Negative symptoms are experienced by more than 50% of patients with schizophrenia. They are often a key part of the prodrome, and are associated with poor functional outcomes for patients. Negative symptoms are important for patients and their families as they represent an unmet treatment need. When introducing this session, the chair, Prof Silvana Galderisi from Italy explained that the EPA and ECNP decided to present this joint educational symposium to promote education, research and advocacy for negative symptoms in schizophrenia.
Prof Armida Mucci from Italy set the scene by describing that there are five key sets of negative symptoms that fall into two domains. This separation of the symptoms into two domains is supported by the clustering of items in different scales designed to assess negative symptoms. The avolition/apathy domain includes this symptom plus asociality and anhedonia. The expressive deficit domain comprises alogia and blunted affect. Recent evidence suggests that the presence of symptoms in these two domains have different effects on patients' functional outcomes, and that the two domains of symptoms may have different mechanisms of pathology.
It appears that the changes in reward-related processing seen on neuroimaging of patients with schizophrenia differentiates the two domains of negative symptoms. The deficit in activity in the ventral striatum in anticipation of reward appears to be associated with the avolition/apathy domain of negative symptoms, but not the expressive deficit domain. These differences not only point to difference in the pathophysiology of these symptoms, but may also indicate new avenues for translational research and the development of new treatments.
Such treatments are important, particularly for patients with persistent negative symptoms that are primary parts of the disease pathology (not secondary to the presence of psychotic symptoms, affective disorders, cognitive deficits, or drug adverse effects). Patients with these primary persistent negative symptoms (so-called “deficit syndrome”) showed worse outcomes in terms of global disability, and much lower rates of remission over time than those without primary negative symptoms.
Persistent, primary negative symptoms are associated with worse outcomes for patients, compared with those who have positive symptoms only.
Persistent, primary negative symptoms are associated with worse outcomes for patients, compared with those who have positive symptoms only
Despite the fact that negative symptoms may have a profound effect on patient outcomes, Prof Sonia Dollfus from France, described that they are often overlooked. This may be partly because they are more difficult to assess than the positive symptoms of schizophrenia, and are not well managed by current therapies. Looking at the history of schizophrenia, she pointed out that the earliest descriptions by Kraepelin and Bleuler both discussed affective and emotional blunting as key features of the disease. Later in the 20th century, researchers such as Dide and Guiraud, and Delay in France continued to discuss these negative symptoms, until the publication in 1959 of Schneider's First-rank symptoms, which emphasised assessment of positive symptoms over negative. This imbalance is still reflected in the DSM-5 criteria.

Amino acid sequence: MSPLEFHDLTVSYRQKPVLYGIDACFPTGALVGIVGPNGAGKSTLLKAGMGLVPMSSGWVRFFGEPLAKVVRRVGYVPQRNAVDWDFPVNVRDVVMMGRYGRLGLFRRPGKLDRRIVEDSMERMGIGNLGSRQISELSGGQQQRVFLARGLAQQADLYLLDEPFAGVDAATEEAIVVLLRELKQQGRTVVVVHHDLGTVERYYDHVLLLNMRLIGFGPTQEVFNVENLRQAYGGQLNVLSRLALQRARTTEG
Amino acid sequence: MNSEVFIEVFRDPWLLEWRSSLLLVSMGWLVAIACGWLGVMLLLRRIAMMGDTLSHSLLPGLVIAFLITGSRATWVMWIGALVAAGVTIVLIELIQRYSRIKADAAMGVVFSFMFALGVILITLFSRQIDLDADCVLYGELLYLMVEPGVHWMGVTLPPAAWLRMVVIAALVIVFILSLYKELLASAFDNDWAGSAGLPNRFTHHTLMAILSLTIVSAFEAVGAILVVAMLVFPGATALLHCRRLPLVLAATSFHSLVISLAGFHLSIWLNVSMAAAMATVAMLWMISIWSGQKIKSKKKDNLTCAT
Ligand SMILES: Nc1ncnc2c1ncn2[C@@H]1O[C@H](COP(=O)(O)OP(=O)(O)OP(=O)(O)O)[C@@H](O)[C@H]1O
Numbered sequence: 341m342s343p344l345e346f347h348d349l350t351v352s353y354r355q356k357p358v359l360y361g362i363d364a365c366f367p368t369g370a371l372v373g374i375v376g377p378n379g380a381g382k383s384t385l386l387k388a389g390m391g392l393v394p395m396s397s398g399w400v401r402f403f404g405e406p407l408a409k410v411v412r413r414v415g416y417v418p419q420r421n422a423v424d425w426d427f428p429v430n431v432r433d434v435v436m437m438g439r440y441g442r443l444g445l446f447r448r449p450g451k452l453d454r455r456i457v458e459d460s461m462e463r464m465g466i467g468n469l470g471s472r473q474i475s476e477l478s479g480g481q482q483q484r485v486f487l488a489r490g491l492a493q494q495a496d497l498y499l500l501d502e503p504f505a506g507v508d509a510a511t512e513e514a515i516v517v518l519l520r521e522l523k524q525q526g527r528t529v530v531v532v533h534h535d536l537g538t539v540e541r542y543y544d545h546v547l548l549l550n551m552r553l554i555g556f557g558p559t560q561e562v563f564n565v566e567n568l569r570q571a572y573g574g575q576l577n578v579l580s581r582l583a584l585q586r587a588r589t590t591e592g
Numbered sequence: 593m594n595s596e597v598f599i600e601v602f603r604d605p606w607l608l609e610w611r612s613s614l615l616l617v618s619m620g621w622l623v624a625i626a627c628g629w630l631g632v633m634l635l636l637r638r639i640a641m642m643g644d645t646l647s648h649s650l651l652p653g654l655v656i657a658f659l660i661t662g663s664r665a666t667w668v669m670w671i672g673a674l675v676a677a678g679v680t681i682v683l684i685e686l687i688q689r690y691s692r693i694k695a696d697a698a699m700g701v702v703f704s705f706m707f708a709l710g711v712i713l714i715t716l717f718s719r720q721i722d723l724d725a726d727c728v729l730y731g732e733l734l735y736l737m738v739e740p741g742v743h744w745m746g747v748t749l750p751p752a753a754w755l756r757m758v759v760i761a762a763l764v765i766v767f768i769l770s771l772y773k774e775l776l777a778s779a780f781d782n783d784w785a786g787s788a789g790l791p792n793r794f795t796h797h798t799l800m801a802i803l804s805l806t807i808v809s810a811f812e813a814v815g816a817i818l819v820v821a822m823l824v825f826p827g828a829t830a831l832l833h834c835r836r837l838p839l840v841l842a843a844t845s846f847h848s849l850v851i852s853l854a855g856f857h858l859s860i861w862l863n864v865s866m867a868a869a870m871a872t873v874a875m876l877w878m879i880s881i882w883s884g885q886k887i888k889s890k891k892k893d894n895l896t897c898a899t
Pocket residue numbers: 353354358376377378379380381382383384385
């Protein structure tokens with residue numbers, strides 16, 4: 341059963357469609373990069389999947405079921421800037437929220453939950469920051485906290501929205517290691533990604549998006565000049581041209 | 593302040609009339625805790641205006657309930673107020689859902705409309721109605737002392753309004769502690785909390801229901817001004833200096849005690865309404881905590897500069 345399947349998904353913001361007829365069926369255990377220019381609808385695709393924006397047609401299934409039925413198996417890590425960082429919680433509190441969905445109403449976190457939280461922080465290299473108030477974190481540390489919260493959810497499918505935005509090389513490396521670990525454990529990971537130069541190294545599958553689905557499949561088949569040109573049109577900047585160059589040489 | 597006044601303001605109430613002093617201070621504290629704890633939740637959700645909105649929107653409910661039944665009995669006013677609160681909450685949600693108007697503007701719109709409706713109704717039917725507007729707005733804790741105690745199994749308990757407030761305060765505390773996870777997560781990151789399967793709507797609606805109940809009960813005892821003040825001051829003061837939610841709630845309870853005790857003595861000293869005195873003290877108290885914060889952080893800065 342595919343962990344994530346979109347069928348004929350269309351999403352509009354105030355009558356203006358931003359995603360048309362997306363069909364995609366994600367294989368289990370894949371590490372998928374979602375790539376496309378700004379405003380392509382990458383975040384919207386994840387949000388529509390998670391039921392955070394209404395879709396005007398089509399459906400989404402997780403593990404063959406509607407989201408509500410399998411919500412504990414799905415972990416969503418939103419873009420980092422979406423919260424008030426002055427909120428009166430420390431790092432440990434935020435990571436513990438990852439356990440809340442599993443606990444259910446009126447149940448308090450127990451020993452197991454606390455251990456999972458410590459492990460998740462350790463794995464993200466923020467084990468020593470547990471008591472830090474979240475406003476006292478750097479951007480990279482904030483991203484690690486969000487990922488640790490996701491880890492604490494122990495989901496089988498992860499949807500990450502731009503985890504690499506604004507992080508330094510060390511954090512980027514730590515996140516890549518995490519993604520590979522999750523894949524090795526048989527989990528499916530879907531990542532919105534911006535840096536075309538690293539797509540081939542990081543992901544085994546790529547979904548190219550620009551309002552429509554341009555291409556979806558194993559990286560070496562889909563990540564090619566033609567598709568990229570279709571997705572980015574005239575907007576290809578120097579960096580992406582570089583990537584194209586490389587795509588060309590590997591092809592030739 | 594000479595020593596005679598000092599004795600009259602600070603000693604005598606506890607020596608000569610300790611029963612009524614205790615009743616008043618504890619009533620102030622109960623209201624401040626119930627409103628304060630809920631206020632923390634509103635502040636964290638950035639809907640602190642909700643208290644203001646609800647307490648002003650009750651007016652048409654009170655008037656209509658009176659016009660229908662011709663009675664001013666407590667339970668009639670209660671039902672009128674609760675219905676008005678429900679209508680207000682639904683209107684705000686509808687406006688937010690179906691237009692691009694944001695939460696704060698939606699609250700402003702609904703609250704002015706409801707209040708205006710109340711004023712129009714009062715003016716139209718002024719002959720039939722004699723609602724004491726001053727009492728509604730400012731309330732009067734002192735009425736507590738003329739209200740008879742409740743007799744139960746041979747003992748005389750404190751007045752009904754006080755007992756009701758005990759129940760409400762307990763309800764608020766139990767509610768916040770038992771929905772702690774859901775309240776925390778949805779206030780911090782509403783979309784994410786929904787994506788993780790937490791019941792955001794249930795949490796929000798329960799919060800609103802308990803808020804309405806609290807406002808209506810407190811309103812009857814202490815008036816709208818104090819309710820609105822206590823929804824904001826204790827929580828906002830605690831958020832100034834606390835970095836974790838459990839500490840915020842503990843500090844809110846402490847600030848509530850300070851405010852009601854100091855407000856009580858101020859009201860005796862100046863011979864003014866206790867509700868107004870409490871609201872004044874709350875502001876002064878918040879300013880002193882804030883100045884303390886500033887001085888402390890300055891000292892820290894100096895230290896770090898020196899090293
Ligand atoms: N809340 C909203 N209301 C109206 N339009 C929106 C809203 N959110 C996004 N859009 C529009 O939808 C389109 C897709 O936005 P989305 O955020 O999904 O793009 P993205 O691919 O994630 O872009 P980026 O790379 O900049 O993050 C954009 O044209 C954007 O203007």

There are numerous standardised scales for the assessment of negative symptoms, some of which allow for the assessment of multiple dimensions of the disorder. Some of the assessments for negative symptoms are limited, however, by the absence of items measuring some key factors, or by the inclusion of items that measure features no longer considered negative symptoms. In addition, most scales are based on observer- rather than self-rating of the patient.
The self-assessment of negative symptoms (SNS) scale is a short, 20-item scale. It comprises 20 sentences, based on verbatim descriptions by patients of their experiences. The 20 items cover the five domains of negative symptoms, and are straightforward for patients to answer. The scale is available and has been validated in 14 languages. The SNS is highly sensitive and specific for the presence of these negative symptoms. Moreover, it can even be used in patients with poor disease insight.
Patient self-assessment of negative symptoms can be straightforward, and complement other assessments
Prof. Dollfus concluded that it is extremely useful to take into account patients' internal experience of their negative symptoms. In addition, patient self-assessment of negative symptoms has been shown to be reliable in patients with schizophrenia. Such assessment can provide complementary information to medical assessments, and can be a simple and time-efficient way to include patients in their care and treatment pathways.
Our correspondent’s highlights from the symposium are meant as a fair representation of the scientific content presented. The views and opinions expressed on this page do not necessarily reflect those of Lundbeck.